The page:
Finally, November rolled around and I called Captain up and asked him about the board. I should have known something was wrong when he said “I haven’t heard from you in a while; you still are trying to join?” after explaining to him how much I have been training, he told me he would let me know the results of the package as soon as he hears anything at all. I never heard from him again; instead, it was the staff sergeant who informed me that I did not make the cut and I was very upset.
So, going with plan B, I asked the staff sergeant if he had secured my Intel slot. He replied “No, but I’ll make it happen before December”

About a month before I shipped out, I had already put in notice at my job, told my landlord my last day that I would be living at my residence and even sold my car to pay off the remaining debt I had on my credit card; my confidence and trust in the staff sergeant to secure my Intel slot was so strong because he was a United States Marine.  He was the symbol of honor, courage and commitment; he was a hero to me along with all the other men and women who wore the eagle, globe and anchor.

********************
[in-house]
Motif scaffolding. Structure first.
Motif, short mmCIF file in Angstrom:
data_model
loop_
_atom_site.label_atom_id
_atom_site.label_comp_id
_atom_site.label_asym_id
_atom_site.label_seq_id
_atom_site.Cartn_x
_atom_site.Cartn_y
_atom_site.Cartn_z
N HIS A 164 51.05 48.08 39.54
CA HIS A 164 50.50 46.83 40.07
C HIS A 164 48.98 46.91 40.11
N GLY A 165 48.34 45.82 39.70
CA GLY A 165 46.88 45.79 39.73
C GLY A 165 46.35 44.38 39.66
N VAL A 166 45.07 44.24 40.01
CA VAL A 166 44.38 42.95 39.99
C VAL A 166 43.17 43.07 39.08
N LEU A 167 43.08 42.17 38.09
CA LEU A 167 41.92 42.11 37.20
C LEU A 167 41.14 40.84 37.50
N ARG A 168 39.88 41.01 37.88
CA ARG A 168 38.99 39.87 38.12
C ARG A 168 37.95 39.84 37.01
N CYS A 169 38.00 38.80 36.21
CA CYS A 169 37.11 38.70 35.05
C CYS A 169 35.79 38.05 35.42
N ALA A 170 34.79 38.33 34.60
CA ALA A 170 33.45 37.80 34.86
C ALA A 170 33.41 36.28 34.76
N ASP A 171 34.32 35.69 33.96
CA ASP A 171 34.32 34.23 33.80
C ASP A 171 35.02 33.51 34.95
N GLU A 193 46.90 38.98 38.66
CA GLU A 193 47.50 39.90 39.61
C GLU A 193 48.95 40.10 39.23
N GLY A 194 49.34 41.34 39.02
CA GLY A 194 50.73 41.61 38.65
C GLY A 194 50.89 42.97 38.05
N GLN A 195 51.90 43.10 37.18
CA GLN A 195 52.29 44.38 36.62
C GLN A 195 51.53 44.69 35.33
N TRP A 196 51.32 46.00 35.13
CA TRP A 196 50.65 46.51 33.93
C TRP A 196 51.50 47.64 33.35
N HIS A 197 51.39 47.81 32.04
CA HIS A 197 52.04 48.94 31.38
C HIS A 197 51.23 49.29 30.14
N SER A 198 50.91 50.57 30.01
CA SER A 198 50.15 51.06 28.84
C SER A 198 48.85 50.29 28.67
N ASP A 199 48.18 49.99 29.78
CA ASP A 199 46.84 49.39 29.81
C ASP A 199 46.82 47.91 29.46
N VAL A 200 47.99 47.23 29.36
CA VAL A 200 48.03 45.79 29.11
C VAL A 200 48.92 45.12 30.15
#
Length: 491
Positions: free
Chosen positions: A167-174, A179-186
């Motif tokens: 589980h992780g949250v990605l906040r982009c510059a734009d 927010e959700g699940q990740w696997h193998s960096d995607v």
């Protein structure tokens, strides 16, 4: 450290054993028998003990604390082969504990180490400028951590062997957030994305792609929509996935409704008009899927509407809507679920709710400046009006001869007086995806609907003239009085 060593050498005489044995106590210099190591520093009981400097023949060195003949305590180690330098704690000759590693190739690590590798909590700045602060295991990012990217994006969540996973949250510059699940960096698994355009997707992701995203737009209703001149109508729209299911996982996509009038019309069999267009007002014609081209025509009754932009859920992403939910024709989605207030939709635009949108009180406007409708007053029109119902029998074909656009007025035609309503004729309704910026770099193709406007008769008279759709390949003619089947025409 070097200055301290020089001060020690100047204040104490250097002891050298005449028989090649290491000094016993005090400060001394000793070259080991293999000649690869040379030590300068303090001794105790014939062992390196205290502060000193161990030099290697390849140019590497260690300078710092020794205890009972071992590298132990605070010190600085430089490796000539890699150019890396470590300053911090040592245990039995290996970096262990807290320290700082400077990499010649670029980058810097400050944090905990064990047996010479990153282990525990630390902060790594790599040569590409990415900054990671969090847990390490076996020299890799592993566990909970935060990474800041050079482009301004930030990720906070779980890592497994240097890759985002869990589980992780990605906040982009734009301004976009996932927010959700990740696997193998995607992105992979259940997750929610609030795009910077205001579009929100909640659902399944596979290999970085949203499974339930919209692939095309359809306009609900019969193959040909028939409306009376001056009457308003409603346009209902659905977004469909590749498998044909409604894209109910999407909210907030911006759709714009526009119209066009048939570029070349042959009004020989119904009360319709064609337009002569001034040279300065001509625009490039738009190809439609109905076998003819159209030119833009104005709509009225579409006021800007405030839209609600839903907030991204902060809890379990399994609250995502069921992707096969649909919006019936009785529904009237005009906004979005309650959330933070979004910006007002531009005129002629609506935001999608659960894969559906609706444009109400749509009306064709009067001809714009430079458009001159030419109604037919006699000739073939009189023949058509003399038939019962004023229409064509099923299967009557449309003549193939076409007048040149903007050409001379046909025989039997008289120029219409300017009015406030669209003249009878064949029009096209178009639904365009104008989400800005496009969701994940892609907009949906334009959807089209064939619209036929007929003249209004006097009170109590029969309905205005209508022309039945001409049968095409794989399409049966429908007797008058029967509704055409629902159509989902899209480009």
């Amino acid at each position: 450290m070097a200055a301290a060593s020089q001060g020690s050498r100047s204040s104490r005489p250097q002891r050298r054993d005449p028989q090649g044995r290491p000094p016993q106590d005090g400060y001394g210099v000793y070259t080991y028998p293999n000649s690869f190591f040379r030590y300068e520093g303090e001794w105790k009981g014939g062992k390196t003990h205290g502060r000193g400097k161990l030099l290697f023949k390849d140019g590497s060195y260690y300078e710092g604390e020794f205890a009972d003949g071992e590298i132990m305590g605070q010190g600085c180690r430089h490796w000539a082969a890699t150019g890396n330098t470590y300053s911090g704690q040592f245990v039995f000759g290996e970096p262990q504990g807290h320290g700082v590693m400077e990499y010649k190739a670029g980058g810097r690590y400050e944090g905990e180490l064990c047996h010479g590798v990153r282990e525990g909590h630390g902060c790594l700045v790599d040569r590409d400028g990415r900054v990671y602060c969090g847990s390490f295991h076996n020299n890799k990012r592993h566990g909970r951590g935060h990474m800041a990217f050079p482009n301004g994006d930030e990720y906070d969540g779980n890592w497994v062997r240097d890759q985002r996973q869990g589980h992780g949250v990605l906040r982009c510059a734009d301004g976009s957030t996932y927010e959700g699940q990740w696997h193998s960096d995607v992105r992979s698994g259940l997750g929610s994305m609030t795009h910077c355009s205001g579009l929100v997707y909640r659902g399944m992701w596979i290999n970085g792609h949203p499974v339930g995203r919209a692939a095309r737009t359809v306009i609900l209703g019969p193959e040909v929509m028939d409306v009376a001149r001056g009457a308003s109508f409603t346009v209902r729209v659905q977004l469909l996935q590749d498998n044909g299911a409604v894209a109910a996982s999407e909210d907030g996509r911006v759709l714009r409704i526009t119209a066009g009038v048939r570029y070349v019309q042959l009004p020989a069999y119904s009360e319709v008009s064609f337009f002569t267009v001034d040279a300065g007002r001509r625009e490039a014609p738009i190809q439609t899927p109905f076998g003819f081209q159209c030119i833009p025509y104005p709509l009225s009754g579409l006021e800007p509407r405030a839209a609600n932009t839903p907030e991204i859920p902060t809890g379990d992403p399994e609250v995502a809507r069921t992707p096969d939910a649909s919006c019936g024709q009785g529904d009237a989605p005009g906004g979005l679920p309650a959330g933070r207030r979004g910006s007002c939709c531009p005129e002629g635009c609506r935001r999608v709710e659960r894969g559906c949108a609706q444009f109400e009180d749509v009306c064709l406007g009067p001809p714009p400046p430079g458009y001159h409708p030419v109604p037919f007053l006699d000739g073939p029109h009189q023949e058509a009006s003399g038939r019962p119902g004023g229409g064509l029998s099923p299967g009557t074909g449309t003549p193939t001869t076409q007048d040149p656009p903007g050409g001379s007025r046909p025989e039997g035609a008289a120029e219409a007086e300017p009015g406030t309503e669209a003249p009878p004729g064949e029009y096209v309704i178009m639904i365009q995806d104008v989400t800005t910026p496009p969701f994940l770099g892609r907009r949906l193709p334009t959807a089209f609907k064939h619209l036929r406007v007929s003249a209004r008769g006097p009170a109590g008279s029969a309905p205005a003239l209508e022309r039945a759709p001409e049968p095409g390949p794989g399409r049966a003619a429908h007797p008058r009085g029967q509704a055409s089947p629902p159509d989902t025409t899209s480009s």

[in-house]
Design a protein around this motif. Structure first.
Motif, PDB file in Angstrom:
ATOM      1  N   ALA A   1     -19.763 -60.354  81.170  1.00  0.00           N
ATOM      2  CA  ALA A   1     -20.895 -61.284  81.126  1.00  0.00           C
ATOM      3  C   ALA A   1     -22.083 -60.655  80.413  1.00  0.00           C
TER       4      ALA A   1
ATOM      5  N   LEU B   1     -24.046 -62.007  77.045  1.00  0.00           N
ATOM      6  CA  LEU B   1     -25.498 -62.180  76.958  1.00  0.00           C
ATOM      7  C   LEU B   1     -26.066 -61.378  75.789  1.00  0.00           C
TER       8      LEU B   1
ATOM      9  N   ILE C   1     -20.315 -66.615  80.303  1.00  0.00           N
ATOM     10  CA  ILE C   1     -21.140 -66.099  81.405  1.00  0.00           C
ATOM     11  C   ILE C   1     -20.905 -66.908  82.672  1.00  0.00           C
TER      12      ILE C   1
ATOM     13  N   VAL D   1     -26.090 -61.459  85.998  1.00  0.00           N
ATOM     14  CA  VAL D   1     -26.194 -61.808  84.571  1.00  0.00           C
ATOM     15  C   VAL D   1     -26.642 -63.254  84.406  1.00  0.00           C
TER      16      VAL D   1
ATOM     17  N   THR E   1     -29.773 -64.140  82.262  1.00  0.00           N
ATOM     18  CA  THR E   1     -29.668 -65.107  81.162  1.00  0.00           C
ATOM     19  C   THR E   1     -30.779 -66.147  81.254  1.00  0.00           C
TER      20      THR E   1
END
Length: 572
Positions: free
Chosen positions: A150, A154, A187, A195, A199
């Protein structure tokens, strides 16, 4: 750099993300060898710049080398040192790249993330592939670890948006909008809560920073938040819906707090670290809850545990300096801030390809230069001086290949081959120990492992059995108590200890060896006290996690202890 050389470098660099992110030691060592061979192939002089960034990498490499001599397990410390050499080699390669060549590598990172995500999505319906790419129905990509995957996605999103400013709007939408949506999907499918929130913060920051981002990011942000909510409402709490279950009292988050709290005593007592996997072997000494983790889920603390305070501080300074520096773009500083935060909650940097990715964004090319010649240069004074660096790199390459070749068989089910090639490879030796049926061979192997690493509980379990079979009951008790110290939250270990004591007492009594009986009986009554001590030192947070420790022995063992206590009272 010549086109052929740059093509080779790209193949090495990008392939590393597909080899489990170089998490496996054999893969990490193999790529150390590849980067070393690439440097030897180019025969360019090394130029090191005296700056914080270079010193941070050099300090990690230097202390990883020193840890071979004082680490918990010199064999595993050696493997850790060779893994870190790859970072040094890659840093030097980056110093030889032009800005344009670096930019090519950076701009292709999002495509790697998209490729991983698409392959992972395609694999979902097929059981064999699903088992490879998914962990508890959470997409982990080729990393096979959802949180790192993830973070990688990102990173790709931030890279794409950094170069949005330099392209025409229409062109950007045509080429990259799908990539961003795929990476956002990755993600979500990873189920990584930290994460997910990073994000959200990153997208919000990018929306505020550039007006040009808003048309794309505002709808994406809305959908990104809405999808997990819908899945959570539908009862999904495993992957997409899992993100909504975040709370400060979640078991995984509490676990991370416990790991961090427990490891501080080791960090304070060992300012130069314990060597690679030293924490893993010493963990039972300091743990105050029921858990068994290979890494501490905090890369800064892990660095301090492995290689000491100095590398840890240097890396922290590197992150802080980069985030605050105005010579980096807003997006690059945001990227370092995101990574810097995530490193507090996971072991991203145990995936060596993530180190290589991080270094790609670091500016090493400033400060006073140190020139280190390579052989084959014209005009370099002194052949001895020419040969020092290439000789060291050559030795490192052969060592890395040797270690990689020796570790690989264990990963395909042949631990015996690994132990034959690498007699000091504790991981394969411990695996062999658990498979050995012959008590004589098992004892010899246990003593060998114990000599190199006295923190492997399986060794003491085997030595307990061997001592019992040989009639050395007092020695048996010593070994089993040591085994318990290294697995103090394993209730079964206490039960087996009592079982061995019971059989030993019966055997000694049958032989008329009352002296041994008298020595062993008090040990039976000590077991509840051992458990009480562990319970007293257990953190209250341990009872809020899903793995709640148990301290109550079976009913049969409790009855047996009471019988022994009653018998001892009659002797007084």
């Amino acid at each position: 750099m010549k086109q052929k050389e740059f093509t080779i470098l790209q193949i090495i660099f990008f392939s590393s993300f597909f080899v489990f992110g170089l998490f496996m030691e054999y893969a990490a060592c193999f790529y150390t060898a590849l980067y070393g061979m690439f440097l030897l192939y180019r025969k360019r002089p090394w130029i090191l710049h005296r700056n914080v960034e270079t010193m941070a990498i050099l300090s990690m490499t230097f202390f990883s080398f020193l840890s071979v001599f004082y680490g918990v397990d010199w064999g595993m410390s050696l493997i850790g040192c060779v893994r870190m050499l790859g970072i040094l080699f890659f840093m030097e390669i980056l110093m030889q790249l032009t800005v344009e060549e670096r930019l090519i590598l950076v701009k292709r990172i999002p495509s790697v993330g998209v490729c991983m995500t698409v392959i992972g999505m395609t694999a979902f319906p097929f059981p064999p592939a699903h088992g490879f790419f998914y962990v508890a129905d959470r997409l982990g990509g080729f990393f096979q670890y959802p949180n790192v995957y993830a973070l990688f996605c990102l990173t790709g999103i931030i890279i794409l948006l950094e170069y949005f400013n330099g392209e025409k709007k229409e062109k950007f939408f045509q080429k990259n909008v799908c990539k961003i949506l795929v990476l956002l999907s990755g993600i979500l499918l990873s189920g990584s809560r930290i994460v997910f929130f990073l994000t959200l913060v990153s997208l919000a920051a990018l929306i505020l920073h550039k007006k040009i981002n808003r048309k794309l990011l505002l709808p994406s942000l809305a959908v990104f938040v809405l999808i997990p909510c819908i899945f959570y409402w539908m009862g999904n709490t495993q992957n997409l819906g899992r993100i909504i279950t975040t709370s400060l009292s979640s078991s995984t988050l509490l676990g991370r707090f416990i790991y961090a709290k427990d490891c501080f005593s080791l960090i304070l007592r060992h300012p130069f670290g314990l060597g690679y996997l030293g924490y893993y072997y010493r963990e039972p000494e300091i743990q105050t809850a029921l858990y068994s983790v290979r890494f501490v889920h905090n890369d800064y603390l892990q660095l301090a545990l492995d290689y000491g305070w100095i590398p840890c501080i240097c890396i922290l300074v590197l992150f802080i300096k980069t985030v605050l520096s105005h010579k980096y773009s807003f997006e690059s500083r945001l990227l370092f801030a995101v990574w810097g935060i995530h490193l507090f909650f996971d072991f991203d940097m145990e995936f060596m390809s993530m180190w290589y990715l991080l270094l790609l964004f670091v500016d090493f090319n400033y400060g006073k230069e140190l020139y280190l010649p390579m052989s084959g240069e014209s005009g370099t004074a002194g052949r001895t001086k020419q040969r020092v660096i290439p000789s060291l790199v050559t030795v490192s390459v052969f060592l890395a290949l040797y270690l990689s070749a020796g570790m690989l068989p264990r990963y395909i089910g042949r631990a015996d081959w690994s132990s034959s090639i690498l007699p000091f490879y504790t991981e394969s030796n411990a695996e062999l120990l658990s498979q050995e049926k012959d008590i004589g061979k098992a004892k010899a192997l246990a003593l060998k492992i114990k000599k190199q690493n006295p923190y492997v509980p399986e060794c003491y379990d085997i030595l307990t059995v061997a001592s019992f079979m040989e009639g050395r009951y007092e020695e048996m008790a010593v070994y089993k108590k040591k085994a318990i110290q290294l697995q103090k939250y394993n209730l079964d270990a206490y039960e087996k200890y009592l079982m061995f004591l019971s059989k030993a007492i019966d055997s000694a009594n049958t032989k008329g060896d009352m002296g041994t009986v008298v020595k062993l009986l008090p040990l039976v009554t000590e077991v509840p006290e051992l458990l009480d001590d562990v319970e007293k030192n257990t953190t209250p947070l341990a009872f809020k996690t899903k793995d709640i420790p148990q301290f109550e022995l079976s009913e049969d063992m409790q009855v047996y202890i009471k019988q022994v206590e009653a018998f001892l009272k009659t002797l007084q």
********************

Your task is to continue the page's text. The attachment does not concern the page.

December 9th, I drove down to North Carolina to get ready to leave for boot camp. My family was so proud of me, and my girlfriend was too; she supported the hell out of me and still does to this day. I love her with all of my heart and soul.

I spoke with a new staff sergeant of Cary, North Carolina. The first thing he did was apologize to me for the previous staff sergeant who was there. I was told that he never once tried to reserve my desired Intel job, and that I never got it, but I was given a reassuring “Don’t worry, Avionics is a great job field, you’ll love it”

At this point, several red flags popped up, and I felt sick.

I thought to myself “I gave up everything based on the words of this Marine, and I was lied to. I have no job, no place to live and no vehicle aside from a motorcycle to ride in the beginning of winter near DC. What am I going to do?”

Reluctantly, I went to MEPS and prepared to ship out on Monday, the 15th. I couldn’t sleep, I couldn’t eat, I couldn’t enjoy myself…I even started smoking…something I’ve never done before in my life, but it helped a little with the massive amount of stress.

Monday eventually came, and I found myself sitting in a chair at the processing center, asking myself “What the fuck am I doing? Do I want this? Can I trust these people?!” The answer I concluded was “No, I can’t trust anything unless its documented on paper”.